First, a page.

If you aren’t sure about the value of online marketing (sometimes referred to as inbound marketing) you definitely need to check out the latest HubSpot study: The State of Inbound Marketing 2012.
It’s definitely worth reading even if you’re unsure about the value of online marketing to a small business like yours.
The report is based on a survey conducted in January 2012 of 972 marketing professionals. The study includes data and insights about marketers’ costs, budgets, lead quality, and priorities.
One piece of data that you might want to take note of is that, according to the HubSpot study inbound leads cost per lead 61 percent less than outbound leads.
Or to put it another way:
The average cost-per-lead for outbound-dominated businesses is $346…The average cost-per-lead for inbound-dominated businesses is $135
I don’t need to tell you as a business owner how significant a saving this is; however, be wary of these figures.
Whilst I don’t dispute the figure per se, it takes considerable effort to put your business’s web presence in a position where you are going to see that kind of ROI.
The cost of developing a significant web presence – design, development, strategy, content creation, analysis, etc – is not cheap. Yes, you can start a blog, start reading a lot of great advice, tips, and material that’s out there to support you. But it takes several months to generate results and that’s if you’re really good and / or lucky.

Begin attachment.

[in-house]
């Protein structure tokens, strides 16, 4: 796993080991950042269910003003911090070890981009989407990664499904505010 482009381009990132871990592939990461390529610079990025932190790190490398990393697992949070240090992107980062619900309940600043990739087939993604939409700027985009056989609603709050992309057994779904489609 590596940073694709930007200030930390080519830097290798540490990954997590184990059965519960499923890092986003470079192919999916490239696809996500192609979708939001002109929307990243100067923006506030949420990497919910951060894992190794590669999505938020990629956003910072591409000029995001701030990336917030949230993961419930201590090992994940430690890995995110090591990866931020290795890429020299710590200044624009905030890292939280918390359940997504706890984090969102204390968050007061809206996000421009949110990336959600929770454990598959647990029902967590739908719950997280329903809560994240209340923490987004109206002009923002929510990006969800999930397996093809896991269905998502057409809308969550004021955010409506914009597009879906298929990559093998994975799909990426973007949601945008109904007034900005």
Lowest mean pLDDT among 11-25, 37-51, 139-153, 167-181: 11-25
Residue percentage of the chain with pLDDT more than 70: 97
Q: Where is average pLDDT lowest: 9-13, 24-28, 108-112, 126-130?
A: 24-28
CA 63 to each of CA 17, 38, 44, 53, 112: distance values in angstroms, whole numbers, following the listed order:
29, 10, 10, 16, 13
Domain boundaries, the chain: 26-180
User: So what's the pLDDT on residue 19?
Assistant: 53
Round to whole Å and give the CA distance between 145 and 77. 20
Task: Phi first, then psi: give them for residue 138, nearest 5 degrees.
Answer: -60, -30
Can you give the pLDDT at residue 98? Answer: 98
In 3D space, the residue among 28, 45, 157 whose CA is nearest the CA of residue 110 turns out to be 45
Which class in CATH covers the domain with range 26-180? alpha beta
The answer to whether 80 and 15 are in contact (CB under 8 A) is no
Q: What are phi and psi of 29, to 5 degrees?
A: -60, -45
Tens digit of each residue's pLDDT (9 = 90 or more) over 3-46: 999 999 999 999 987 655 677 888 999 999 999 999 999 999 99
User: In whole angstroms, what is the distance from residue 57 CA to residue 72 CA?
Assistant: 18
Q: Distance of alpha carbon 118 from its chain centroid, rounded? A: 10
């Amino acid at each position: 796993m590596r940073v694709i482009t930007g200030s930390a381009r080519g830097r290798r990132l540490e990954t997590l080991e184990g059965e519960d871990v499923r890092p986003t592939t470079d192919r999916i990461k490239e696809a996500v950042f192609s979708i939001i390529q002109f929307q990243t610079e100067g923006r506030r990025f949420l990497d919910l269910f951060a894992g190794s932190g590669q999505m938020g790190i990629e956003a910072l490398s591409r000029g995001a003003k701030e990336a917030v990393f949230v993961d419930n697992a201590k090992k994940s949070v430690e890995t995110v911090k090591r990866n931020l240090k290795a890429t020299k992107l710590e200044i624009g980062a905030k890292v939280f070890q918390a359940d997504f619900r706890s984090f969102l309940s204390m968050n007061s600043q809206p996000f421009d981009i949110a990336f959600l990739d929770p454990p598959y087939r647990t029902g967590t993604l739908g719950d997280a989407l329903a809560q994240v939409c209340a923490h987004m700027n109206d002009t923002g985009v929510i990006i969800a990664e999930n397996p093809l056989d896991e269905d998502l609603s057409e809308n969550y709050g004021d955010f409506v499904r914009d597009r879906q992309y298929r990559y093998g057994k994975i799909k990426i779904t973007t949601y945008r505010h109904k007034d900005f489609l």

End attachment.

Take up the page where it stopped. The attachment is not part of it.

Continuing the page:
Blog for it!
Although blogs seem to be associated with purveyors of bling (in Sweden at least!) and have a whiff of 2004 about them, HubSpot’s report also reveals that blogs are a fundamental part of inbound marketing strategy.
57% of companies with a blog have acquired a customer from their blog…92% of companies who blog multiple times per day have acquired a customer from their blog.
What’s more: “25% of marketers report that their company blog is “critical” to their business”…and “81% of businesses reported that their company blog is useful to critical for their business.”
So don’t disregard the power of blogging just because social media is all the rage at the moment. Yes, everyone might be talking Pinterest, Facebook and Twitter, and to a lesser extent Google+, but a good old fashioned blog can be worth it’s weight in gold.
Think of it this way. If you google for:
“How do I fix troublesome widget?” you’re not going to get to a Facebook page or a tweet. You’re going to get a blog that hopefully clearly and succinctly tells you what you need to know.
Over to You
What do you think is the biggest stumbling block to generating leads from business blogging? I’m curious.